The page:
The Supreme Court’s 2008-2009 Term resulted in many notable decisions, including Ricci v. DeStafano and NAMUDNO v. Holder. It also resulted in some epic romances among the law clerks who ruled the building that year. This edition of Legal Eagle Wedding Watch features an astounding five Supreme Court clerks, all from that steamy OT ’08 class.
With five SCOTUS clerks — plus one former White House counsel — this is sure to be one prestige-drenched competition. Settle in, wedding watchers. Here are your finalists:
You’ll find all the details on these lawyer newlyweds, plus many more, after the jump.
- Our first stunningly impressive couple sports his-and-hers undergraduate degrees from Harvard — not a bad place to start. The bride also has a master’s from Hunter College and is beginning an MBA program at NYU.
- The groom, besides being a total freaking dreamboat, has a master’s from Cambridge and a JD from Yale. He clerked for Judge Merrick Garland on the DC Circuit and, like many Garland clerks, ascended gracefully to the nirvana of a SCOTUS clerkship. He clerked for Justice John Paul Stevens during that love-drenched October 2008 Term. Damian now works in Manhattan as an assistant United States attorney for the Southern District of New York.
The Case Against:
- Full disclosure: This couple is not going to win this week’s competition. And as a great man once said, “I really don’t have time to explain how 400 years of cultural stereotypes, oppression, and unequal opportunities led, inexorably, to this moment.” Enough said. My point is made.
- Brace yourself for two more OT ’08 Supreme Court clerks. This bride and groom both clerked that year with the groom above, she for Justice David Souter and he for Justice Anthony Kennedy.
- Erin was magna at Harvard; she also earned a PhD in international relations from Cambridge and a JD, magna, from NYU. She previously clerked for Second Circuit Judge Guido Calabresi, who officiated at the wedding. She’s now an assistant professor of law at Northwestern.
- Travis, whose father is a Kansas cattle rancher, graduated from Kansas State and has a JD from the University of Kansas, where he was editor-in-chief of the law review. His appellate clerkship was for Judge Brett Kavanaugh of the DC Circuit. He works as senior counsel for the Boeing Company, where his boss is former Fourth Circuit feeder judge J. Michael Luttig.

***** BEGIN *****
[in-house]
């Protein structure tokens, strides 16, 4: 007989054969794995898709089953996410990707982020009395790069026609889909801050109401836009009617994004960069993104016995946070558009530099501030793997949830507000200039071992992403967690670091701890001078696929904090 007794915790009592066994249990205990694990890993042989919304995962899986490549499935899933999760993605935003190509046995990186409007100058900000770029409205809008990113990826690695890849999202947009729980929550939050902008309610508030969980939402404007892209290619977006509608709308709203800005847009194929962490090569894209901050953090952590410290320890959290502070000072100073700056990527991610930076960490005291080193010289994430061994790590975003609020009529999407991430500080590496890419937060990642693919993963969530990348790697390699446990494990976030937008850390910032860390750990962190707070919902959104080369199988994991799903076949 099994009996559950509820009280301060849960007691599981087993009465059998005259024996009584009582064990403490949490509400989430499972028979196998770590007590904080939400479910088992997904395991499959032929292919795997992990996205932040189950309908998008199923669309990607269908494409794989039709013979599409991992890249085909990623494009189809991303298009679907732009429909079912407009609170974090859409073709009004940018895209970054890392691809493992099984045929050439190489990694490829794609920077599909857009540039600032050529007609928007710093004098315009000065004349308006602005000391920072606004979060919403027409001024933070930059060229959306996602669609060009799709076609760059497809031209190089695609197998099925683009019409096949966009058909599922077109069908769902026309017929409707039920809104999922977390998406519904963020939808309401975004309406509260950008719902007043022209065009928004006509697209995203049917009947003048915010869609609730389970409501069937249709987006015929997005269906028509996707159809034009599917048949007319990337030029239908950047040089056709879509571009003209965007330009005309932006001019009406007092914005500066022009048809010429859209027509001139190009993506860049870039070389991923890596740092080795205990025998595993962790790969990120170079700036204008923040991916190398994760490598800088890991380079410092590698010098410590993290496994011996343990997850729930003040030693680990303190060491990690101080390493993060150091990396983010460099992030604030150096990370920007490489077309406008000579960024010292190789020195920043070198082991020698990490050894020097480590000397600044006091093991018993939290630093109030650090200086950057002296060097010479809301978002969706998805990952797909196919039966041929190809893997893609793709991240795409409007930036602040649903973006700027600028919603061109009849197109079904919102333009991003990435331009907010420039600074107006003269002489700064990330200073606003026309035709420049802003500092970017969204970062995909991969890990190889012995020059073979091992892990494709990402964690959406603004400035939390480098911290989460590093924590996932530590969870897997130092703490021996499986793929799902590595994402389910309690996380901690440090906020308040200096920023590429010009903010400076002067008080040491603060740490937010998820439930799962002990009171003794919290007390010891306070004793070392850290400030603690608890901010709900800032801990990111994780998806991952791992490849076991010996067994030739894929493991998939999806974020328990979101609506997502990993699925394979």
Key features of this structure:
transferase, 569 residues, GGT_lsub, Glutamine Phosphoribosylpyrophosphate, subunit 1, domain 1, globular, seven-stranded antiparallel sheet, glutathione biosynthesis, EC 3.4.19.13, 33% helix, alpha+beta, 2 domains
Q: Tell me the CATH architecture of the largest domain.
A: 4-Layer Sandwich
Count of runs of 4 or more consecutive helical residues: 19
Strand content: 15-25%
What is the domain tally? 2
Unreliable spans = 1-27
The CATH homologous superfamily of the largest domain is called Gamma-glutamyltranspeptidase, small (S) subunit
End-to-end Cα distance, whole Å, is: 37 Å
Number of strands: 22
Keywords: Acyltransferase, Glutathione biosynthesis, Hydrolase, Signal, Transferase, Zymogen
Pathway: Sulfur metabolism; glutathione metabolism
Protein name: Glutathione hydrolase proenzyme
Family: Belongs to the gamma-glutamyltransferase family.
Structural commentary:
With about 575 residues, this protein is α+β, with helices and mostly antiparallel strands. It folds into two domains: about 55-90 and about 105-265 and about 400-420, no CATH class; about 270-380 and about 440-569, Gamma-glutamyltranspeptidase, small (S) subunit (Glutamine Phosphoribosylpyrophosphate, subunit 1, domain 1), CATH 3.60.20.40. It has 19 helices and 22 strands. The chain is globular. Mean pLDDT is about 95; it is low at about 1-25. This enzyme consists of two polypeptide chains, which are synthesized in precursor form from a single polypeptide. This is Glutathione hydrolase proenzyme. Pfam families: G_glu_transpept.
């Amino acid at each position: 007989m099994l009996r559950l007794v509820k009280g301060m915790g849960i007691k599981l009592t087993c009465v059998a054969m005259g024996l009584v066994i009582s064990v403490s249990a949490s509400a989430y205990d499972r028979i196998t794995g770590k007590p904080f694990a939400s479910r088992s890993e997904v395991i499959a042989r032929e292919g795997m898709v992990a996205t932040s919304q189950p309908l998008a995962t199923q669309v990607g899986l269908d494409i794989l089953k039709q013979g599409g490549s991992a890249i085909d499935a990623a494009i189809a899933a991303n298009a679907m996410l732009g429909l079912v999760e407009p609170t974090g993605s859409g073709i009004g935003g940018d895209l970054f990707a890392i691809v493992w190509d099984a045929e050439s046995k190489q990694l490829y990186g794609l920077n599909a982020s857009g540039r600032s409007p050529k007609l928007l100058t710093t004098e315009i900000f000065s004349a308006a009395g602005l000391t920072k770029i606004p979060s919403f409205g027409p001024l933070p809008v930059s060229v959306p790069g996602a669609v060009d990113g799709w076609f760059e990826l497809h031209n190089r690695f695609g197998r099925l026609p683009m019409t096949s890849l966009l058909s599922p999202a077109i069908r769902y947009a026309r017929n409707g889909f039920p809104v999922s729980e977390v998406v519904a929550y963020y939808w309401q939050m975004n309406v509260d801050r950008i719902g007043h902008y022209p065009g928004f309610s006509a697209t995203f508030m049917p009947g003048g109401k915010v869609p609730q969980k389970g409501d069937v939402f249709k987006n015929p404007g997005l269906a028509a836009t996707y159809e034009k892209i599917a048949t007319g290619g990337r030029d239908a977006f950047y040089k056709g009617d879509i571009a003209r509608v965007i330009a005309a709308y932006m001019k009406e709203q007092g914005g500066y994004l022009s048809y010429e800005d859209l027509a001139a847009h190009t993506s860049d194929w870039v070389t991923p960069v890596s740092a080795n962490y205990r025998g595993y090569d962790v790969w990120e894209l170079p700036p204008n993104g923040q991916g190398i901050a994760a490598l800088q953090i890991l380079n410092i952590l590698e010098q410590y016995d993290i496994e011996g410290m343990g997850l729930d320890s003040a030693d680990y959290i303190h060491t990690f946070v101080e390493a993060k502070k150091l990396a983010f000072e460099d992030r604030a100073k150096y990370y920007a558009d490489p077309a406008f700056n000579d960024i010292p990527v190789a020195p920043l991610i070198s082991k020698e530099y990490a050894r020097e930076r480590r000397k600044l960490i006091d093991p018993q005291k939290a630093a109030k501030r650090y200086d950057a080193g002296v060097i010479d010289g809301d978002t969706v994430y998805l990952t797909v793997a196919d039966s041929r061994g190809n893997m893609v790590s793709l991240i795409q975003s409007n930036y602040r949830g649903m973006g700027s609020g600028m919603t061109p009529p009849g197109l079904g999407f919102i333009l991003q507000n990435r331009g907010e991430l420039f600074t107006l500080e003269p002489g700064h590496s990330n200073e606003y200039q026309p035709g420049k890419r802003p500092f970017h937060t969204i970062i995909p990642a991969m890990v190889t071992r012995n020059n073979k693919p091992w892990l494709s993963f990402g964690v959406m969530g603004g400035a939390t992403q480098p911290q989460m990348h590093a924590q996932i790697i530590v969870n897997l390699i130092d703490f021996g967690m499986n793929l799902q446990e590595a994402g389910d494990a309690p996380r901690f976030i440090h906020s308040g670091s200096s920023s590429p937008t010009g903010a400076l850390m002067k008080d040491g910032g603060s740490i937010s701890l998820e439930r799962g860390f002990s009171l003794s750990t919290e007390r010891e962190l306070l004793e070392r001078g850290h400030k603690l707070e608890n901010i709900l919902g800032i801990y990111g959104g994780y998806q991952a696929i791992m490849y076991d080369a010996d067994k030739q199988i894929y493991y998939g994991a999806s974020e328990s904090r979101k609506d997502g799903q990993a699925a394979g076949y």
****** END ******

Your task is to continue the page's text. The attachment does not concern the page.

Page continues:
The Case Against:
- We have no idea how Travis and Erin’s romance progressed, but given how hard the Court’s various factions lobby to influence Travis’s boss, Justice Kennedy, we like to imagine that their inter-chambers relationship added yet another level of intrigue to the Term. We also like to imagine One First Street as a giant Love Boat with Chief Justice John Roberts as the captain and Justice Sonia Sotomayor as Tattoo. Wait, that’s probably offensive. And definitely the wrong show.
- Can’t get enough of OT ’08 SCOTUS clerks? You’re in luck! Two more are approaching the chuppah now. While Couple #2 was forging a thrilling cross-chambers alliance, this one fell in love quietly at home, so to speak, in the chambers of Ruth Bader Ginsburg, for whom both the bride and groom clerked. The Justice herself officiated at their ceremony, which is beautifully depicted in photographs here and tenderly described here:
We are used to hearing the words “by the power vested in me by the State of California” (or increasingly, the Universal Life Church) but it’s quite another thing, and thrilling indeed, to hear a member of the Supreme Court utter the words “by the authority vested in me by the constitution and laws of the United States,” knowing she is one of only eight other people in the world who can do so.
OMG, who else has goosebumps?
- The glowing bride was magna at both Yale and Harvard Law School and has a master’s from Oxford. Before her Ginsburg clerkship, she clerked for Judge Garland (where one of her co-clerks was Damian Williams, our first groom). She’s now an associate at Munger Tolles in San Francisco.
- This is where we abandon our usual subtlety and simply batter you with the brute force of this couple’s credentials. The groom, an honors graduate of the University of Wisconsin, has a JD from Yale and is now a senior associate at Orrick. He also has a master’s from Oxford, where he was a Rhodes Scholar. Also, after he finished clerking for Justice Ginsburg, he stuck around for another year and clerked for newly minted Justice Sonia Sotomayor. So, in summary: A Rhodes Scholar with two SCOTUS clerkships is married by a Supreme Court Justice to one of his SCOTUS co-clerks. Soak it up, wedding watchers. We may not see legal/nuptial prestige of this magnitude again in our lifetimes.
The Case Against: